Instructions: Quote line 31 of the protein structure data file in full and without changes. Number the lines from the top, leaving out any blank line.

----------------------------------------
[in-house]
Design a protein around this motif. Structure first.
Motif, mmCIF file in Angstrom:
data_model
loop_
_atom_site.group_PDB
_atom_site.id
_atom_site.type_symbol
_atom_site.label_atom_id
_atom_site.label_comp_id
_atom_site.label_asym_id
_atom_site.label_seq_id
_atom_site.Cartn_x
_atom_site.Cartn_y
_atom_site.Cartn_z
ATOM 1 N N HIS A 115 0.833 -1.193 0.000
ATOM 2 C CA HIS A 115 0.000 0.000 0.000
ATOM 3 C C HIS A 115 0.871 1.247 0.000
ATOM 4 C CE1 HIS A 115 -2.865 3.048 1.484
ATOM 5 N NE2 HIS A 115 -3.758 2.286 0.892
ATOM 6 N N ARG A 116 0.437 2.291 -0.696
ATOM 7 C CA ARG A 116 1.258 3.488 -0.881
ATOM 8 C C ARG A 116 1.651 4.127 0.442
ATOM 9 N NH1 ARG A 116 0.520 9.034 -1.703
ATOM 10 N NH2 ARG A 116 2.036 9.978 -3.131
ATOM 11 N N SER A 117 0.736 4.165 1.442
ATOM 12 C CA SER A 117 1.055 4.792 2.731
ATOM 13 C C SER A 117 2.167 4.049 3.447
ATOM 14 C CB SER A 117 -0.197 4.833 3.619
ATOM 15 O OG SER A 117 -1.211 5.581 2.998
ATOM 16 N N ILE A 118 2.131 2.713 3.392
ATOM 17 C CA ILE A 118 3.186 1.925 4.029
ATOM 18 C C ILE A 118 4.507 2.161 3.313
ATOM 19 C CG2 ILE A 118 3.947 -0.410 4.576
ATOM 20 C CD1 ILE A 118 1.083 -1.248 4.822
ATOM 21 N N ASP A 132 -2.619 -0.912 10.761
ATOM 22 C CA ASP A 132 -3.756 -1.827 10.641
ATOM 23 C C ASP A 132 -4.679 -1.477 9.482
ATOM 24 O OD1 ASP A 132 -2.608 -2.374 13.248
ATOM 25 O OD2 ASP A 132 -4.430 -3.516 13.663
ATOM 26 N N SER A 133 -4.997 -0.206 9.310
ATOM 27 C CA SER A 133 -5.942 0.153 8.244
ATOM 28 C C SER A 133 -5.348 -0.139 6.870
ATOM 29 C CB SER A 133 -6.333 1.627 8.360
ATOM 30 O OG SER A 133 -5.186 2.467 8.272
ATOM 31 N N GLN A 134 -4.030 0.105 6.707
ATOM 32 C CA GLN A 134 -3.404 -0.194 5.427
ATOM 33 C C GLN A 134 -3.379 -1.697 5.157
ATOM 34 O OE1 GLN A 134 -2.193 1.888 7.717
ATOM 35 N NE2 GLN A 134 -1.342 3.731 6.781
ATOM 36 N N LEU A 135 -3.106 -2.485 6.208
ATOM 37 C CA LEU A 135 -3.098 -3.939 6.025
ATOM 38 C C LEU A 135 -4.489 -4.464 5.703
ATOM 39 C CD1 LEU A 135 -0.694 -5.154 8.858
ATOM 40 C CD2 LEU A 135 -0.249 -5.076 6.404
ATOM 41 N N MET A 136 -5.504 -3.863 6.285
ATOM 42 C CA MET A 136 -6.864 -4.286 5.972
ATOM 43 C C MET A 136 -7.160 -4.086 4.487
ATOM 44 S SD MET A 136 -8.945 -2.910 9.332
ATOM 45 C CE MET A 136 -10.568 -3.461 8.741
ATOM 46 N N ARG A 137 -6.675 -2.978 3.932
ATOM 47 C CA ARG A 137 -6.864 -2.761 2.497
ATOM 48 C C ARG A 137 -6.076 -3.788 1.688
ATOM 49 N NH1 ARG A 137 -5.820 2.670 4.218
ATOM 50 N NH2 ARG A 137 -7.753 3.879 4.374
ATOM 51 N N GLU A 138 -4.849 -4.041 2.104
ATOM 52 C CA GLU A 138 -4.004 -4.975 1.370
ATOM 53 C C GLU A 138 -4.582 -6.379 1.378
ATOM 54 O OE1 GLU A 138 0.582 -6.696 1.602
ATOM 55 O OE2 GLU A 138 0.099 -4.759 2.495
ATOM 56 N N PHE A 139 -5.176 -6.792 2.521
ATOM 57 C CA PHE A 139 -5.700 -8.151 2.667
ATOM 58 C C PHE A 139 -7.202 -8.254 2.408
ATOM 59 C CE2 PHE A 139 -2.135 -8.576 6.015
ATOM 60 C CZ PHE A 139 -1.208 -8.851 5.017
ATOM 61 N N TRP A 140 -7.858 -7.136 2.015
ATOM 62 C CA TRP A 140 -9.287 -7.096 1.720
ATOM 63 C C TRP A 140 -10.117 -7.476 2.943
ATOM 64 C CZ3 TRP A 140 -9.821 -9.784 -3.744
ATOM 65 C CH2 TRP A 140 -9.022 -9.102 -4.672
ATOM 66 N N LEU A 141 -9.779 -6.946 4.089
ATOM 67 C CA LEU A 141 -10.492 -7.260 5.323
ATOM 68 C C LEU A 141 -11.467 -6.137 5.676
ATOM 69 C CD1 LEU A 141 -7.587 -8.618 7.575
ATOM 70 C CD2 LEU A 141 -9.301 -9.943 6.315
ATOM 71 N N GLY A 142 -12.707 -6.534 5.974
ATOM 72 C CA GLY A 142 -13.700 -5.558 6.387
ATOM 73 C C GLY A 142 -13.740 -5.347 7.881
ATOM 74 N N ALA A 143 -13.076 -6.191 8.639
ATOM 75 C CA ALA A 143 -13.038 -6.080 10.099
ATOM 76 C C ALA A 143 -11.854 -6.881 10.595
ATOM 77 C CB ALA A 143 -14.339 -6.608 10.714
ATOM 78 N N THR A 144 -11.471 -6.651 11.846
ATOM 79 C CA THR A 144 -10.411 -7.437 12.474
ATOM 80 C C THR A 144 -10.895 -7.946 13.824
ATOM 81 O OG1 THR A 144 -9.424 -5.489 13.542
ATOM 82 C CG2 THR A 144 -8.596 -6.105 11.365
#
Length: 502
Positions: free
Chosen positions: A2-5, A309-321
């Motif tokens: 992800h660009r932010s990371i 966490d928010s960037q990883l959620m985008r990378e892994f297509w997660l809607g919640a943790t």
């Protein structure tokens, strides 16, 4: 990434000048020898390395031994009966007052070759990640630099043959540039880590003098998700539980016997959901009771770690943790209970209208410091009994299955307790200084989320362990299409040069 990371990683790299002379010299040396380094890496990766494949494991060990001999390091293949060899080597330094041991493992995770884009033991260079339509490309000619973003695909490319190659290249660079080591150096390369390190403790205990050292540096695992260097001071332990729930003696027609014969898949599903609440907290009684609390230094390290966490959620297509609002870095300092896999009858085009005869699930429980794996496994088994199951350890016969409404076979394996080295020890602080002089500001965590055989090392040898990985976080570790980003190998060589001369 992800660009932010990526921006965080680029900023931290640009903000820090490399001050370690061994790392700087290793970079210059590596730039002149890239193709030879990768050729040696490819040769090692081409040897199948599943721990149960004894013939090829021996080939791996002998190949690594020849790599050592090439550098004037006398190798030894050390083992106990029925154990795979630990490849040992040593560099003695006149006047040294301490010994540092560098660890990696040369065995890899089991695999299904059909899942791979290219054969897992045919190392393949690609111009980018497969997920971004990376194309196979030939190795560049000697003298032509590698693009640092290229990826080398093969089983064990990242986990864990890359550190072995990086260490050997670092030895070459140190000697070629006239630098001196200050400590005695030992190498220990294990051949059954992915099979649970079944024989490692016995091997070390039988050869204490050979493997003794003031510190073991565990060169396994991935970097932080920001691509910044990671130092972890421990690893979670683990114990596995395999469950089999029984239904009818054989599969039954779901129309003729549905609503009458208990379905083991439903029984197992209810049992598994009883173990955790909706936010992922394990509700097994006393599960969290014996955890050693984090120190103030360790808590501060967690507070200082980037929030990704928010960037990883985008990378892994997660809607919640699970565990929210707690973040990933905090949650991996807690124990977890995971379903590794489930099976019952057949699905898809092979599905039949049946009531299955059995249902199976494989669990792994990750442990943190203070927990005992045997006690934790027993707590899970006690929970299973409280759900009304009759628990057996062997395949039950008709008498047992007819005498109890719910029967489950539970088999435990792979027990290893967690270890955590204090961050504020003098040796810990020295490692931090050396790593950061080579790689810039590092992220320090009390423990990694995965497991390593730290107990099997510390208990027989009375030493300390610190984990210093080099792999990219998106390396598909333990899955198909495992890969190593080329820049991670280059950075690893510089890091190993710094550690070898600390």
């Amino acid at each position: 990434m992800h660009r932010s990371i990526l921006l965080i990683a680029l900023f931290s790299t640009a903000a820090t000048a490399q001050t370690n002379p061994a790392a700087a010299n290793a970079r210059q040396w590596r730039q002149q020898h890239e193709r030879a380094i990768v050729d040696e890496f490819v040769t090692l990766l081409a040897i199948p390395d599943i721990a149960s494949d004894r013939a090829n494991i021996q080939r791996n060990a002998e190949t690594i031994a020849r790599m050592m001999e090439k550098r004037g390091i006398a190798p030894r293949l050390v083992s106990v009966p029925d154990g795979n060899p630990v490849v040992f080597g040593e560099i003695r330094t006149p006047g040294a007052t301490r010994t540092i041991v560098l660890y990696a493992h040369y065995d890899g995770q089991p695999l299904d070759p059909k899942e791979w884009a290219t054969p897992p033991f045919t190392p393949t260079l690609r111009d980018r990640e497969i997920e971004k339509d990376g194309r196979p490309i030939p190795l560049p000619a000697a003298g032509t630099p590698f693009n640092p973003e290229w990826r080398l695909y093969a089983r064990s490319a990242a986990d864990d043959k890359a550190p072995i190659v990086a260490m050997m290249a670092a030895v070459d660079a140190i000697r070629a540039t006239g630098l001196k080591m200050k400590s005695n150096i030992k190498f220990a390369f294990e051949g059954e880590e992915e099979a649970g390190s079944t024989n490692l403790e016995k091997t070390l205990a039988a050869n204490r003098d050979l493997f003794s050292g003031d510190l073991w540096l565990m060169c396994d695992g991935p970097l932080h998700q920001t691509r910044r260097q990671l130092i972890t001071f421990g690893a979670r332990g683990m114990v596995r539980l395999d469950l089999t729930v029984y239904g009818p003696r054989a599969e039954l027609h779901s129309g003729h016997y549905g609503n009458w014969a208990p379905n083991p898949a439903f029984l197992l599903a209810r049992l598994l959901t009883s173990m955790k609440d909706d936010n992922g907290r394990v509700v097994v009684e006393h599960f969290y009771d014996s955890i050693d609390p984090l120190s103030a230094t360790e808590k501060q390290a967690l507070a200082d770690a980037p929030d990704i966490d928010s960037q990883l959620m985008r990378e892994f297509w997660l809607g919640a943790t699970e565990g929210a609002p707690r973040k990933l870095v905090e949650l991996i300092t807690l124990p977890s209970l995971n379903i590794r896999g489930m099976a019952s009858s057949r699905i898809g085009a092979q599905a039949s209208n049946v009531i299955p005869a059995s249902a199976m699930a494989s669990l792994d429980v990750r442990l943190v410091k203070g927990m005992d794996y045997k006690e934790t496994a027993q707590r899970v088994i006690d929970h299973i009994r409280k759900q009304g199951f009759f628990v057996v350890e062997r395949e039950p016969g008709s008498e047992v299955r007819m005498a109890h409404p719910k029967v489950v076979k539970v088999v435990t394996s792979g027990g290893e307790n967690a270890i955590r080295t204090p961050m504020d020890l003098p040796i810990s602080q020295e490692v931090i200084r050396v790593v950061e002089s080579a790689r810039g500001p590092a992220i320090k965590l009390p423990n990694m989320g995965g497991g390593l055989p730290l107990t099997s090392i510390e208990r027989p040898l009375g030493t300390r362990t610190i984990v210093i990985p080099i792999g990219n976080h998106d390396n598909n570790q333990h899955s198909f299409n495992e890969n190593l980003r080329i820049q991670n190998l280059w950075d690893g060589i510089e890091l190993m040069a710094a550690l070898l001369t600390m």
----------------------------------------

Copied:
ATOM 16 N N ILE A 118 2.131 2.713 3.392